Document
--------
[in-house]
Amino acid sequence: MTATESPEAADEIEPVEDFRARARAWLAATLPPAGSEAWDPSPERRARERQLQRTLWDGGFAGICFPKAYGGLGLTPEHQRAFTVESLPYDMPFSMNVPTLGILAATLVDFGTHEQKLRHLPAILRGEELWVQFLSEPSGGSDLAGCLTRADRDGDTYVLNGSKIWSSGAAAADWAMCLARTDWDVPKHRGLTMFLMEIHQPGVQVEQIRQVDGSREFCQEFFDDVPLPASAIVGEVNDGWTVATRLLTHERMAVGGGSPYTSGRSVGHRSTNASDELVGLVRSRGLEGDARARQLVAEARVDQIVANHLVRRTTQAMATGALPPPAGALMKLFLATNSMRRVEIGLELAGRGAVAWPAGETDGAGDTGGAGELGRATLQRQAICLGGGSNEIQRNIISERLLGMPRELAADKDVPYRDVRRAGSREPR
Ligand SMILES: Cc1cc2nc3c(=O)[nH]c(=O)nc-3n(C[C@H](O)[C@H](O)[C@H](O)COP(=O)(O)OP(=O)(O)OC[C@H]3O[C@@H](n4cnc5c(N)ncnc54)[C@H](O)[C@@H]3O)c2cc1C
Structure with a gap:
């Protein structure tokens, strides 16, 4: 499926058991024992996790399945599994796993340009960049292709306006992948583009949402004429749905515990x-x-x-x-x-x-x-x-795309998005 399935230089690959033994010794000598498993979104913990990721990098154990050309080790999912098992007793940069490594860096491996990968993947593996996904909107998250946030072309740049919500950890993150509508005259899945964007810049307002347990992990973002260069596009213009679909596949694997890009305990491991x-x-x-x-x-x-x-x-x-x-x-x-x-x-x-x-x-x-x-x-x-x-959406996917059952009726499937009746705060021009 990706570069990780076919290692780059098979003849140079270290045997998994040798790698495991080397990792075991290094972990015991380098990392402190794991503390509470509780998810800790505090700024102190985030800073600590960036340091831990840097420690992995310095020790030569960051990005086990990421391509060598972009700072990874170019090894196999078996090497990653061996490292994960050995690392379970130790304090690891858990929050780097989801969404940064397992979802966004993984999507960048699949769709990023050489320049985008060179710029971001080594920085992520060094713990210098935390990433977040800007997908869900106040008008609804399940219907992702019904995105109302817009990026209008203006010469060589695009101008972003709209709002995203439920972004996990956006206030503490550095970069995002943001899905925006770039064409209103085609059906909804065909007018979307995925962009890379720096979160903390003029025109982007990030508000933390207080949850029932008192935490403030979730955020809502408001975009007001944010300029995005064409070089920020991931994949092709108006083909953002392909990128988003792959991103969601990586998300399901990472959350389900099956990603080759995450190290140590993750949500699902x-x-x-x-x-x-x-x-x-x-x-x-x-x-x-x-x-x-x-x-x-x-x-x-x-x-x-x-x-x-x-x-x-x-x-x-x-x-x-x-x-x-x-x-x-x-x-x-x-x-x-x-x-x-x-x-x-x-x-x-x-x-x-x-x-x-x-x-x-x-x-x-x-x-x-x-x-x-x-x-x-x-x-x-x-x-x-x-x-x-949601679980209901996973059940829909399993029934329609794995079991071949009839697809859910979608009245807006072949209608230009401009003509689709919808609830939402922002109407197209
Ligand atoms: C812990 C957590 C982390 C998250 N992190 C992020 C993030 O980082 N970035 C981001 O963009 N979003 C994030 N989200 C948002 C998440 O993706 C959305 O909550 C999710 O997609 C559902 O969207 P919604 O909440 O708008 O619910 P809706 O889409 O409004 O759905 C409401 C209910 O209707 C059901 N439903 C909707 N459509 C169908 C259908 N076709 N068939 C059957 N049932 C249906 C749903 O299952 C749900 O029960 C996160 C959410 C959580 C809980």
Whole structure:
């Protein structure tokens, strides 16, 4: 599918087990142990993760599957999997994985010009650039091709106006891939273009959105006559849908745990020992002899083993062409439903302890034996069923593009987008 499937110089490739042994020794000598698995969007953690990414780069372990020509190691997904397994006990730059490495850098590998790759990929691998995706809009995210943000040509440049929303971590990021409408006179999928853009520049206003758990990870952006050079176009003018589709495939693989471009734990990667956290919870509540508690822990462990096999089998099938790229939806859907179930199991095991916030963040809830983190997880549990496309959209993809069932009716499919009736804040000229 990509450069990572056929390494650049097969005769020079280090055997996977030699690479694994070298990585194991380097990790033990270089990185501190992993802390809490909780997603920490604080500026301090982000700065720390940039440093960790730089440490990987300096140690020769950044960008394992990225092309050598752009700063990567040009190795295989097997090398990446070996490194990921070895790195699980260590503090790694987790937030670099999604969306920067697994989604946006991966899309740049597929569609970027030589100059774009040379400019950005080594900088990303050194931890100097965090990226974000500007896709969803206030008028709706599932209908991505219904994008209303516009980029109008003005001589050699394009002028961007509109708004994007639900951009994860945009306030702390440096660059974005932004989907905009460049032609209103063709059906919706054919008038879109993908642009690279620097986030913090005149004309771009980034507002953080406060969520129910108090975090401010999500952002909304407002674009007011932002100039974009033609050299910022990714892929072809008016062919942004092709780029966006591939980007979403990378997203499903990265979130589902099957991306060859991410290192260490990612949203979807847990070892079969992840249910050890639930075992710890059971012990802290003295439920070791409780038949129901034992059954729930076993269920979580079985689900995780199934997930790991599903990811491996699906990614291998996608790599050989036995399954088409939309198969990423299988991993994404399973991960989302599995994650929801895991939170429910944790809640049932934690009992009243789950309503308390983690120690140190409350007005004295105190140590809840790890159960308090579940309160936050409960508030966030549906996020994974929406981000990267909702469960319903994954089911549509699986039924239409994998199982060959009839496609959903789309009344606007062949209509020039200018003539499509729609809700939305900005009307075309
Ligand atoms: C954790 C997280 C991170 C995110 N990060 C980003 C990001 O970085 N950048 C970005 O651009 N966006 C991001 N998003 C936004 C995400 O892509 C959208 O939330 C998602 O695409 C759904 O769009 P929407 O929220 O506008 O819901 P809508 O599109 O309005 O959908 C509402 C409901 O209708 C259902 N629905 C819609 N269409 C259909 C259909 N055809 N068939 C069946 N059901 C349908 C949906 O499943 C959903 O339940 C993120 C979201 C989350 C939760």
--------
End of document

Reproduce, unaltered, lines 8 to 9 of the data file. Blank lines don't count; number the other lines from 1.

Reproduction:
């Protein structure tokens, strides 16, 4: 599918087990142990993760599957999997994985010009650039091709106006891939273009959105006559849908745990020992002899083993062409439903302890034996069923593009987008 499937110089490739042994020794000598698995969007953690990414780069372990020509190691997904397994006990730059490495850098590998790759990929691998995706809009995210943000040509440049929303971590990021409408006179999928853009520049206003758990990870952006050079176009003018589709495939693989471009734990990667956290919870509540508690822990462990096999089998099938790229939806859907179930199991095991916030963040809830983190997880549990496309959209993809069932009716499919009736804040000229 990509450069990572056929390494650049097969005769020079280090055997996977030699690479694994070298990585194991380097990790033990270089990185501190992993802390809490909780997603920490604080500026301090982000700065720390940039440093960790730089440490990987300096140690020769950044960008394992990225092309050598752009700063990567040009190795295989097997090398990446070996490194990921070895790195699980260590503090790694987790937030670099999604969306920067697994989604946006991966899309740049597929569609970027030589100059774009040379400019950005080594900088990303050194931890100097965090990226974000500007896709969803206030008028709706599932209908991505219904994008209303516009980029109008003005001589050699394009002028961007509109708004994007639900951009994860945009306030702390440096660059974005932004989907905009460049032609209103063709059906919706054919008038879109993908642009690279620097986030913090005149004309771009980034507002953080406060969520129910108090975090401010999500952002909304407002674009007011932002100039974009033609050299910022990714892929072809008016062919942004092709780029966006591939980007979403990378997203499903990265979130589902099957991306060859991410290192260490990612949203979807847990070892079969992840249910050890639930075992710890059971012990802290003295439920070791409780038949129901034992059954729930076993269920979580079985689900995780199934997930790991599903990811491996699906990614291998996608790599050989036995399954088409939309198969990423299988991993994404399973991960989302599995994650929801895991939170429910944790809640049932934690009992009243789950309503308390983690120690140190409350007005004295105190140590809840790890159960308090579940309160936050409960508030966030549906996020994974929406981000990267909702469960319903994954089911549509699986039924239409994998199982060959009839496609959903789309009344606007062949209509020039200018003539499509729609809700939305900005009307075309
Ligand atoms: C954790 C997280 C991170 C995110 N990060 C980003 C990001 O970085 N950048 C970005 O651009 N966006 C991001 N998003 C936004 C995400 O892509 C959208 O939330 C998602 O695409 C759904 O769009 P929407 O929220 O506008 O819901 P809508 O599109 O309005 O959908 C509402 C409901 O209708 C259902 N629905 C819609 N269409 C259909 C259909 N055809 N068939 C069946 N059901 C349908 C949906 O499943 C959903 O339940 C993120 C979201 C989350 C939760």